NSW's peak farming group will be establishing its own right to farm task force to ensure its response is comprehensive.
In his speech at the NSW Farmers' conference, president James Jackson told delegates "don't be afraid of defending what you do".
"What is a constant theme this year is the attacks that agriculture is coming under from a number of sources," he said.
Mr Jackson said it was time to bring together a number of policies including trespass, nuisance laws, farm invasion, land use conflicts and consultation failure into a right to farm legislative piece.
He said the NSW Government had committed resources to a right to farm agenda and want it to mean more than the 'nuisance law model tried in Tasmania".
"It hopefully looks like a suite of reforms sitting under a new Regional Planning Act," Mr Jackson said.
Mr Jackson said increasingly this year there had been a series of "stitch ups" on issues from glyphosate, live export, cotton, irrigation and pork.
"The list goes on," he said.
"In the middle ages witch-hunts were a brutal but effective way of getting rid of troublesome women and some men.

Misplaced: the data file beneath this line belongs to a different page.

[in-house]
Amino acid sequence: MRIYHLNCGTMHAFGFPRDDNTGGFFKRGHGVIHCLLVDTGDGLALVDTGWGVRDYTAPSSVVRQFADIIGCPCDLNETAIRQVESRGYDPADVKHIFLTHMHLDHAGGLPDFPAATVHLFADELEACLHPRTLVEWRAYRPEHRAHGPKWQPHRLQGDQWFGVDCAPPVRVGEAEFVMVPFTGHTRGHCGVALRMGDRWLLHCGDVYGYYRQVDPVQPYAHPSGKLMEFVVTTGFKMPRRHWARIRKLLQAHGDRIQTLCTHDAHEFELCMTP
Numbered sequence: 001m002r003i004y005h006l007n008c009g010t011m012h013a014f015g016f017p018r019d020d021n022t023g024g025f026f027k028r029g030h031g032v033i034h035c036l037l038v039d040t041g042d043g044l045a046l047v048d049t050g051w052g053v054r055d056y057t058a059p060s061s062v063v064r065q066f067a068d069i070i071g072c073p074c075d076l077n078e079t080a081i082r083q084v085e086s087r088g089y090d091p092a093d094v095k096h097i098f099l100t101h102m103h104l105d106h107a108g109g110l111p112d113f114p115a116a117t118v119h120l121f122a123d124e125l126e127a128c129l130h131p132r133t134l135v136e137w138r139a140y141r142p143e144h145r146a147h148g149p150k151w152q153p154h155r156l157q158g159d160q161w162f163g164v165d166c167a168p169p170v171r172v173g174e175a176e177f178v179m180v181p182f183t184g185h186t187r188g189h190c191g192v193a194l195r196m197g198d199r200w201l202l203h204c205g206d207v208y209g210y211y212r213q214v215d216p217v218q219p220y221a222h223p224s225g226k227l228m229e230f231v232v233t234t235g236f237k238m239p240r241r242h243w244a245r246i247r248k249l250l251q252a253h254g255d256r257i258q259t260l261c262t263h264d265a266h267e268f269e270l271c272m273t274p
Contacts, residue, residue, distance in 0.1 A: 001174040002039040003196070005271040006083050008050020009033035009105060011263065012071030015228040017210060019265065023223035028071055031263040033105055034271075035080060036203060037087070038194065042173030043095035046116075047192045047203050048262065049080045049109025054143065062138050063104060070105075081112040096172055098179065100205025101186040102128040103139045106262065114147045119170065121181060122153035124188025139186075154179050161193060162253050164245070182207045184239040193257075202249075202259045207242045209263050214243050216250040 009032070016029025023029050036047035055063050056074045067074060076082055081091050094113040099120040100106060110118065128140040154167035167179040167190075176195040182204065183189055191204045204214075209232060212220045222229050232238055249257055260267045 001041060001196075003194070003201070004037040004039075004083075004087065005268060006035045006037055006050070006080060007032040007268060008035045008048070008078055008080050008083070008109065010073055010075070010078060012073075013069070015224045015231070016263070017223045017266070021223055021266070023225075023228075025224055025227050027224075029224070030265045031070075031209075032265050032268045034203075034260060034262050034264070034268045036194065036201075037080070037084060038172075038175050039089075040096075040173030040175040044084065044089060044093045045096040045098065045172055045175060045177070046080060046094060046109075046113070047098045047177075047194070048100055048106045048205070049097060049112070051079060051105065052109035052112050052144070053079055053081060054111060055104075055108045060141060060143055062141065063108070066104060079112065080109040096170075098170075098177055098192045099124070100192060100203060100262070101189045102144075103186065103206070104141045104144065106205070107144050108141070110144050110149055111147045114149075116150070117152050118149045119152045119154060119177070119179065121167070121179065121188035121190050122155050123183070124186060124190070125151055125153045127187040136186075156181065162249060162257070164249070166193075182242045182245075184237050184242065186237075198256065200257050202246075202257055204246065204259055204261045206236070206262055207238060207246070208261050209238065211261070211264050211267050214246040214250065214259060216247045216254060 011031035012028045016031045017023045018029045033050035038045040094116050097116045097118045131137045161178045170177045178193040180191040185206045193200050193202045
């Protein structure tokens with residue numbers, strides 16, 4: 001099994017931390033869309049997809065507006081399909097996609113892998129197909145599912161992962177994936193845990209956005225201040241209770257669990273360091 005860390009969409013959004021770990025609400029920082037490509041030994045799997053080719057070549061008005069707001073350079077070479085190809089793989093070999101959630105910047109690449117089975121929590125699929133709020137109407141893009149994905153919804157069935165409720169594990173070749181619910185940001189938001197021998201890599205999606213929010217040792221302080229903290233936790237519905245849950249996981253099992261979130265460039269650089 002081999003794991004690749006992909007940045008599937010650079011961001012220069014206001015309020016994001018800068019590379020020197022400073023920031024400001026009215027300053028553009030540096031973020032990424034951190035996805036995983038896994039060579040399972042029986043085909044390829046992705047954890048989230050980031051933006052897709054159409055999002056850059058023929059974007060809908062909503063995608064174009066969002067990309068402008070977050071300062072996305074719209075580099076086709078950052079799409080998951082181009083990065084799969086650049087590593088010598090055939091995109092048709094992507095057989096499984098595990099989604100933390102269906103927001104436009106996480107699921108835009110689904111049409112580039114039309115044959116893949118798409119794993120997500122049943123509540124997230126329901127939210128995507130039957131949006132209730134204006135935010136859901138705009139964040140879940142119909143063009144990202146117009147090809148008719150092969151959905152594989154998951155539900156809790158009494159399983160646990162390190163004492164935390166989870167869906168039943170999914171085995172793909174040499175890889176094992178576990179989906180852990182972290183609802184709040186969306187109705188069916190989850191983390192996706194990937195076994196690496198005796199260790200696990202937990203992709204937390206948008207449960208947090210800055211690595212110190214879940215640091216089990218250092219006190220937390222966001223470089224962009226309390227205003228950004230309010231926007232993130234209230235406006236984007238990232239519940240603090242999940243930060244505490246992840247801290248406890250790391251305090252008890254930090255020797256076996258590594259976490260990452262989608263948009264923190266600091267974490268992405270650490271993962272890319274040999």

"The modus operandiof an effective witch-hunt would be to spread disinformation about an individual that would incite a mob and hopefully they would then run along and have a sham trial...sound familiar.
"At the moment many industries are being demonised by an orchestrated campaign of disinformation and the subsequent emotional manipulation of a largely disconnected urban population.
"If some latte drinking hipsters from Surry Hills or disconnected Double Bay professional has been emotionally manipulated and think you are evil, please feel free to correct them.
"Be transparent about what you do and stand up for it, it's easy, the quiet Australians are right behind you."